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Does anyone have an idea for a self-study syllabus?

  1. Jul 15, 2010 #1
    A very odd question... But never-the-less I need some help w/ my personal QM studies.
    I'm just a lowly freshman here at UCSB and suddenly discovered an urge to study quantum mechanics.

    My roommate is a top-notch Physics grad working on his PhD, and he helps me with problem solving; but his teaching skills are garbage! (He hates teaching and refuses to do it).

    I've been working out of Griffiths for about 2-3 weeks now, normalizing probability densities, solving simple problems like the infinite square-well. Suddenly I find the material getting much more difficult and I don't know how to approach learning it. Sure I can push through everything in my path, but I honestly don't know when I've studied it enough!

    Anyone got some ideas about the duration of time I should be spending on each topic in Griffiths? I'm sure many will say that I should do it until I've mastered it, but I'm kind of looking for a practical university perspective on the subject; I have no way of knowing when I have or have not mastered the material!

    Maybe outlining the math I should cover between sections would help me out a bit.

    I have walls upon walls of Physics literature (I collect it... don't ask why...), so don't be afraid to recommend a book.

    So far I've been using Boas 2nd edition for Math and Griffiths Intro to Quantum (vol 1) for the QM.

    Ideally... (and I know it's a big request), if someone could outline a syllabus based on Griffiths or Greiner for about a quarter to 2 quarters worth of material, that would be absolutely wonderful. I would truly be in debt.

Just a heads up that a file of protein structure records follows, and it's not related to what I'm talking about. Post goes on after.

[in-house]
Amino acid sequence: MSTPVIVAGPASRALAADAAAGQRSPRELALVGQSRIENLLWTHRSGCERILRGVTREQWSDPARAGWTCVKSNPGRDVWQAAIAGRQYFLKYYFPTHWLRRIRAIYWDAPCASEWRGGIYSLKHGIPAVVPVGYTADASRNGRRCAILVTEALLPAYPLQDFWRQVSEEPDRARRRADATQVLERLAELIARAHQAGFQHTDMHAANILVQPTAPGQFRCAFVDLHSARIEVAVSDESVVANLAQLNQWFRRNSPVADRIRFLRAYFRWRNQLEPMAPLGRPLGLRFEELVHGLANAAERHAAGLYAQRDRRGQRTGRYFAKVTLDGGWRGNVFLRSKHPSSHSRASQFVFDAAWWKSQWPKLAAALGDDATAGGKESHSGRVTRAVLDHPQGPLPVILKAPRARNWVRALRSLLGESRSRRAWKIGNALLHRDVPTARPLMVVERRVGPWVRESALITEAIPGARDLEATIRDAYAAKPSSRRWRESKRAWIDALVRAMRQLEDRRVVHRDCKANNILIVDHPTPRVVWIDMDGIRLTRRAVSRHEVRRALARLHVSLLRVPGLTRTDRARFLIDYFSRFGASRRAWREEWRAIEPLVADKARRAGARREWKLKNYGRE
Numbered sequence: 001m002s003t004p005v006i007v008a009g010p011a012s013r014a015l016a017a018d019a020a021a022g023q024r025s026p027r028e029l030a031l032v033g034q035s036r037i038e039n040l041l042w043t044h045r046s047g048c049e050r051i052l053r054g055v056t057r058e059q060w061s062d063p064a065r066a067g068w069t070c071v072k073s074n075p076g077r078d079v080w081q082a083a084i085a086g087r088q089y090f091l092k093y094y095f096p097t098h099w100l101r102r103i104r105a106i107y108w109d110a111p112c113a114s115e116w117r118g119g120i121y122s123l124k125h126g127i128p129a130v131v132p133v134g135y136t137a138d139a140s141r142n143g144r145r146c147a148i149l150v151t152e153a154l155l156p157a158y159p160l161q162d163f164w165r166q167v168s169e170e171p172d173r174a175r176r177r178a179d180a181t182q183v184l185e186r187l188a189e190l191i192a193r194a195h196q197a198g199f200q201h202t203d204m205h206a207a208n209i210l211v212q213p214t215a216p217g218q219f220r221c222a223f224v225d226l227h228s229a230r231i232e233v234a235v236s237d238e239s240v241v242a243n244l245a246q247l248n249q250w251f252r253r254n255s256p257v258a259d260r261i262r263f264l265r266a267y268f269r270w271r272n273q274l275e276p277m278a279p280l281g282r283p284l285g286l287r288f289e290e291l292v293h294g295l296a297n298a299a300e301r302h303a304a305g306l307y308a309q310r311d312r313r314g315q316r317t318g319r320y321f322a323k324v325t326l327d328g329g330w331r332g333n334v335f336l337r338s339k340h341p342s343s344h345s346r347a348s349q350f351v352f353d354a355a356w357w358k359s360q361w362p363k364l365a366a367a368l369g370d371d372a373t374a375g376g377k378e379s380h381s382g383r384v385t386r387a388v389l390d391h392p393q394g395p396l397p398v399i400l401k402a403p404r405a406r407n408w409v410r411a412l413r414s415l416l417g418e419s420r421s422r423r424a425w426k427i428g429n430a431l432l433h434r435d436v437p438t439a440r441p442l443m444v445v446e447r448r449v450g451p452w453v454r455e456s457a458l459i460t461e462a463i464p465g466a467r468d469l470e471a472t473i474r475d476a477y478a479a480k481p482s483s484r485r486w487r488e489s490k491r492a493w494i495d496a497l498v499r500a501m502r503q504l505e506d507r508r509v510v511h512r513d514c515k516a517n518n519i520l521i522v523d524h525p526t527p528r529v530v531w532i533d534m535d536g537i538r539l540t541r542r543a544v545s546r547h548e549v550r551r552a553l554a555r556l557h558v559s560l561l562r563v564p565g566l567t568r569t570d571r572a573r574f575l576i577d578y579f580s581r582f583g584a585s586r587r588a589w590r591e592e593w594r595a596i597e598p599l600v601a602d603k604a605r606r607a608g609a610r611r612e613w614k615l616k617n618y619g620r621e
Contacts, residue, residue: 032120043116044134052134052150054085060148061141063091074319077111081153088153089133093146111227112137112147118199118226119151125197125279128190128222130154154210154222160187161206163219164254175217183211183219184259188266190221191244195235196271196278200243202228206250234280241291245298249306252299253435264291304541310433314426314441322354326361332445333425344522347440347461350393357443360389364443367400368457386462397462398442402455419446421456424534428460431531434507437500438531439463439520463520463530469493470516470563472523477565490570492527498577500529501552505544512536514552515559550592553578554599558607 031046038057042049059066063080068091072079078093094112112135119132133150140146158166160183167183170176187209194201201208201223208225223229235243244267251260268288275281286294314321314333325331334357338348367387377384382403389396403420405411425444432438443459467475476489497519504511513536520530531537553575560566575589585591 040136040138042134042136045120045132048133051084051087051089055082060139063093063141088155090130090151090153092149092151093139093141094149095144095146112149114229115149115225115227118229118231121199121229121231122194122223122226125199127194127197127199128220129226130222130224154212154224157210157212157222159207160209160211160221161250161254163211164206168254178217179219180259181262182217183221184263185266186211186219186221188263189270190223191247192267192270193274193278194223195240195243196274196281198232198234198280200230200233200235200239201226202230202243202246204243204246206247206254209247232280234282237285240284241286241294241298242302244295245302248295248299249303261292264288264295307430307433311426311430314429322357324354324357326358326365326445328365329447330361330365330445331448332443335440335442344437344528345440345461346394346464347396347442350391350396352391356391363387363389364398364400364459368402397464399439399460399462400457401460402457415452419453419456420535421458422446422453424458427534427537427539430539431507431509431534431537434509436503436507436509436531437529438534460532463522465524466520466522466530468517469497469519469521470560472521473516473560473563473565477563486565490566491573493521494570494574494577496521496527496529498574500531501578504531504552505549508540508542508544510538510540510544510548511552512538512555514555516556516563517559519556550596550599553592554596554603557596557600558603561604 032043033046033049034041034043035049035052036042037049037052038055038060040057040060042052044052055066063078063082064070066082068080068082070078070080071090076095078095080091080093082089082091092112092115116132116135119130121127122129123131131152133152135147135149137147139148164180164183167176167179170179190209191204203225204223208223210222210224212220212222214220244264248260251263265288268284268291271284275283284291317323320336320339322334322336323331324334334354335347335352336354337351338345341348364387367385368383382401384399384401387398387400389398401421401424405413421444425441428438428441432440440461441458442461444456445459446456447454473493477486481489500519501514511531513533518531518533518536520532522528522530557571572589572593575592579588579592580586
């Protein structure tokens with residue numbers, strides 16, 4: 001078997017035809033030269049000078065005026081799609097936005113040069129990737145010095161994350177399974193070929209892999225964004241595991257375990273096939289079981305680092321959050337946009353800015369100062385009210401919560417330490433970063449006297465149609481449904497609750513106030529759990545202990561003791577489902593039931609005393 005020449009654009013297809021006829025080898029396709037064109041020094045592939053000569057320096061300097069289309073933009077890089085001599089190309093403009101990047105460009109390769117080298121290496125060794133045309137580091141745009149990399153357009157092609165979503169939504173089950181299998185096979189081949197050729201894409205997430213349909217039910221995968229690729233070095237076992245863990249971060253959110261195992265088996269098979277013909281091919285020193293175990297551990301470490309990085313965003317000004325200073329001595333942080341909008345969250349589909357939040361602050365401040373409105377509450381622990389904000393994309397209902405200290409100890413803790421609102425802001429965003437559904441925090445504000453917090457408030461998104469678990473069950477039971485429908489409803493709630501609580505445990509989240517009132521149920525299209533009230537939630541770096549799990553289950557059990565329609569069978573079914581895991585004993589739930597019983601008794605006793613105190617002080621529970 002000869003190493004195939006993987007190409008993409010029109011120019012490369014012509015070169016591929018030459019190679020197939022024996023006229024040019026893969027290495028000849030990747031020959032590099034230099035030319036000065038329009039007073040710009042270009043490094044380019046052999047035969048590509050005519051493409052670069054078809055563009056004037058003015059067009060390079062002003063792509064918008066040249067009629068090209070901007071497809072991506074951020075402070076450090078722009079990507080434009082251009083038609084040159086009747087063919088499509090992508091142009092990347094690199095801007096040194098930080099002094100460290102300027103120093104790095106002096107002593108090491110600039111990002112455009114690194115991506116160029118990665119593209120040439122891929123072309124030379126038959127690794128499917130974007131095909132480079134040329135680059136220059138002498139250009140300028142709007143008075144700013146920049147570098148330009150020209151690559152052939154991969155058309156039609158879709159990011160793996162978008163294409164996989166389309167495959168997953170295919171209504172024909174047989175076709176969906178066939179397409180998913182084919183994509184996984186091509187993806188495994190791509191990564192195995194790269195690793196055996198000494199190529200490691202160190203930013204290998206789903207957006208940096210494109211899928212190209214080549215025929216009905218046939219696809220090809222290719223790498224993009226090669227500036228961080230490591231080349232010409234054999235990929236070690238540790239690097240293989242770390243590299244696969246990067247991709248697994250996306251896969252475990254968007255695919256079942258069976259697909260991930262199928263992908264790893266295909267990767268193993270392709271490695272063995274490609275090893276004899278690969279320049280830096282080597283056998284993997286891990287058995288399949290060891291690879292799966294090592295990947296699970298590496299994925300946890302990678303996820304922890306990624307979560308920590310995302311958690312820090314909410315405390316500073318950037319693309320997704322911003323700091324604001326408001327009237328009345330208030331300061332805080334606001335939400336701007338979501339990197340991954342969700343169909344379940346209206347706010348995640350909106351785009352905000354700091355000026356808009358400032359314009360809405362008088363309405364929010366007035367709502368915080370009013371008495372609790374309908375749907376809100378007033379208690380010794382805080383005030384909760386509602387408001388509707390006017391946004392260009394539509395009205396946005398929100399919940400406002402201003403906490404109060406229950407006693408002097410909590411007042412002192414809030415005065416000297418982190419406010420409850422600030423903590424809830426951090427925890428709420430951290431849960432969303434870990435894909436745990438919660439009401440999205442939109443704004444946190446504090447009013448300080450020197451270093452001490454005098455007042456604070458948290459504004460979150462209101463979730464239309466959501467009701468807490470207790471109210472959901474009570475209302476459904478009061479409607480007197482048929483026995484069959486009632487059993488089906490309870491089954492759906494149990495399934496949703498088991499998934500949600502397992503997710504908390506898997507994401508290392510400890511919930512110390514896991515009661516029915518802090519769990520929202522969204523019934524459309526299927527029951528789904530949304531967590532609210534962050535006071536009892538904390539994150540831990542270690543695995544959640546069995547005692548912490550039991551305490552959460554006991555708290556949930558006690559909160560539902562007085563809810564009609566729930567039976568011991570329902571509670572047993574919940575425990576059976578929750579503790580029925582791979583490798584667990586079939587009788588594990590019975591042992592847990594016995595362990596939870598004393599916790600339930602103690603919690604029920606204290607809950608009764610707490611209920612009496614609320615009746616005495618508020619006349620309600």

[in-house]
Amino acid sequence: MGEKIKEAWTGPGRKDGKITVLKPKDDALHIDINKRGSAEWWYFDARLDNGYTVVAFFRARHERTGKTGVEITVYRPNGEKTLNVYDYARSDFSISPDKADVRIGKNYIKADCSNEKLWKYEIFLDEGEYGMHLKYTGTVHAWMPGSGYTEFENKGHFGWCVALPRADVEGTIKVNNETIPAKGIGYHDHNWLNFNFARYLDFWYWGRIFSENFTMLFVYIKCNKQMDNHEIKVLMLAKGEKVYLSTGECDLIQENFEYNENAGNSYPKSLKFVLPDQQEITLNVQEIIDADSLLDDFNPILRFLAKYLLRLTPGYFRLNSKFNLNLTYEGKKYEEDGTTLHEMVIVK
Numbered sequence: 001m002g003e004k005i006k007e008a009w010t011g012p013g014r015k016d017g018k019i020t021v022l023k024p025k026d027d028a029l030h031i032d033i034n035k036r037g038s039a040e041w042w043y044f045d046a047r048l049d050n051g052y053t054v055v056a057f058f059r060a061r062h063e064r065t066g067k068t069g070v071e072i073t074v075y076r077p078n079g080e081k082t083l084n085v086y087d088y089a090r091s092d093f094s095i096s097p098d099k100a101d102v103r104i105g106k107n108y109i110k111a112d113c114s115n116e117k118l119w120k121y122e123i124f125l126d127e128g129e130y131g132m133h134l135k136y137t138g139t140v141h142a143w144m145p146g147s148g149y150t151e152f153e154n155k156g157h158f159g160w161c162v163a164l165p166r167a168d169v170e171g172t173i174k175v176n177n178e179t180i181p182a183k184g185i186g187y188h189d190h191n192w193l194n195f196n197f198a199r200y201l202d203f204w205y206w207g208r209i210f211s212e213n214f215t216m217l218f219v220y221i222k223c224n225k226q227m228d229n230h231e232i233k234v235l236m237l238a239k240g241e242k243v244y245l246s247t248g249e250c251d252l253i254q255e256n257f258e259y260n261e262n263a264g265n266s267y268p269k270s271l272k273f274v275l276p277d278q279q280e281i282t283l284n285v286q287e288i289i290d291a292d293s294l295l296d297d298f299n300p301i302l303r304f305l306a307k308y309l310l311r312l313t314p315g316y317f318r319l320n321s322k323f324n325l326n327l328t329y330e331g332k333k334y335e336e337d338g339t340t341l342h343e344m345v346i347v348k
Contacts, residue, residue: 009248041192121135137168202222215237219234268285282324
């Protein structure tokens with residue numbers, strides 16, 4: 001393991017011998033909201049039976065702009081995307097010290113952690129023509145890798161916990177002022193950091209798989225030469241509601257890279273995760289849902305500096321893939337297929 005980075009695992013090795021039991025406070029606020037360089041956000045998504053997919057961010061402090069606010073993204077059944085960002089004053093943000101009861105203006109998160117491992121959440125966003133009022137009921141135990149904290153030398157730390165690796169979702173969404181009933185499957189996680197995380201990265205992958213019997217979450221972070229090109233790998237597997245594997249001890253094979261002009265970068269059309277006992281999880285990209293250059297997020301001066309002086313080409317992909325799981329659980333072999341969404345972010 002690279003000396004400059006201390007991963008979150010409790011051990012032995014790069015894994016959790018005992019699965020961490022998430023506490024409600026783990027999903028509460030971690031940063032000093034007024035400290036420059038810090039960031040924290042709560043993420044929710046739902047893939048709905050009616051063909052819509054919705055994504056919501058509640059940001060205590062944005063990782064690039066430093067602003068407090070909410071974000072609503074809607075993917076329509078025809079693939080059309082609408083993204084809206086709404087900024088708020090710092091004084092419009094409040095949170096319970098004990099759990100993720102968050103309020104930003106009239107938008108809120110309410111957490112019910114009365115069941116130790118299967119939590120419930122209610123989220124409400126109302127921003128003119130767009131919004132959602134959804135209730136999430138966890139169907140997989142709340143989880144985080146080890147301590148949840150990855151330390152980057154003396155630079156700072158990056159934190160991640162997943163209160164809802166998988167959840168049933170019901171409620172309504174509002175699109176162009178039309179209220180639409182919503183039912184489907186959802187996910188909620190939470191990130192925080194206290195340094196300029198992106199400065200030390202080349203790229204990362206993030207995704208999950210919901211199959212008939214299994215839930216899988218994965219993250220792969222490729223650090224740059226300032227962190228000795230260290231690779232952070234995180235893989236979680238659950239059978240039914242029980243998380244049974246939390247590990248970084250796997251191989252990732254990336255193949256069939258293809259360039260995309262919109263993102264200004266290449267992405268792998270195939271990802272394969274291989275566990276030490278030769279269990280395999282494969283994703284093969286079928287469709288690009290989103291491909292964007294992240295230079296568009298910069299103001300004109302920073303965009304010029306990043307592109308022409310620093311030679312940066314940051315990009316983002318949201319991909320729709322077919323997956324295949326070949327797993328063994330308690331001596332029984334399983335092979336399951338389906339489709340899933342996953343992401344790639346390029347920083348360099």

Thanks for the help in advance, guys.
  2. jcsd
  3. Jul 15, 2010 #2
    Last edited by a moderator: May 4, 2017
  4. Jul 15, 2010 #3


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    Staff: Mentor

    Since you're apparently trying to learn the necessary math along with the physics, you might try a QM book that goes into more detail on the math. For example, this one:


    I've used it for my QM course, with students whose math background tends to be shaky. It works out a lot of stuff explicitly and discusses problem-solving strategies. Some might say it goes too far in that direction, and in fact I sometimes have trouble finding a specific topic because there's so much detail. But you also have Griffiths which you can use for the "big picture."
    Last edited by a moderator: May 4, 2017
  5. Jul 15, 2010 #4
    Hmm Griffith's QM, let me guess, is it chapter 3 that is hard for you?
  6. Jul 16, 2010 #5
    Chapter 3 isn't too bad, I have a very good set of notes on dual-spaces and Dirac notation.

    I'm not having a hard time with the math; I just feel like I'm not going into great enough depths.
  7. Jul 16, 2010 #6
    Holy crap I had this guy for my thermo class. Great guy, he won't let you leave his class without learning the material. Weird thing is, a lot of students dislike him BECAUSE he tries to be so helpful. He's also a join professor in the English department here at OU.
    Last edited by a moderator: May 4, 2017
  8. Jul 16, 2010 #7

    What specifically is giving you trouble?
  9. Jul 17, 2010 #8
    I'm having trouble approaching how to learn the material. I can essentially learn anything I read, the problem sets have seemed rather easy thus far.

    I'd like to know points to pay close attention to, or maybe points I should seek a greater depth of understanding in beyond Griffiths. Maybe understanding enough math for Griffiths isn't enough, should I seek further knowledge at this introductory phase? Can I lay back on some topics?

    Maybe I should just do all of Griffiths... But that's inconceivable for a summers work (it took me 3 weeks working 4-5 hours a day to pile-drive through the first 3 chapters and understand).
  10. Jul 17, 2010 #9
    When I said that the material is getting more difficult, I was meaning to imply that it is taking greater lengths of time to comprehend.
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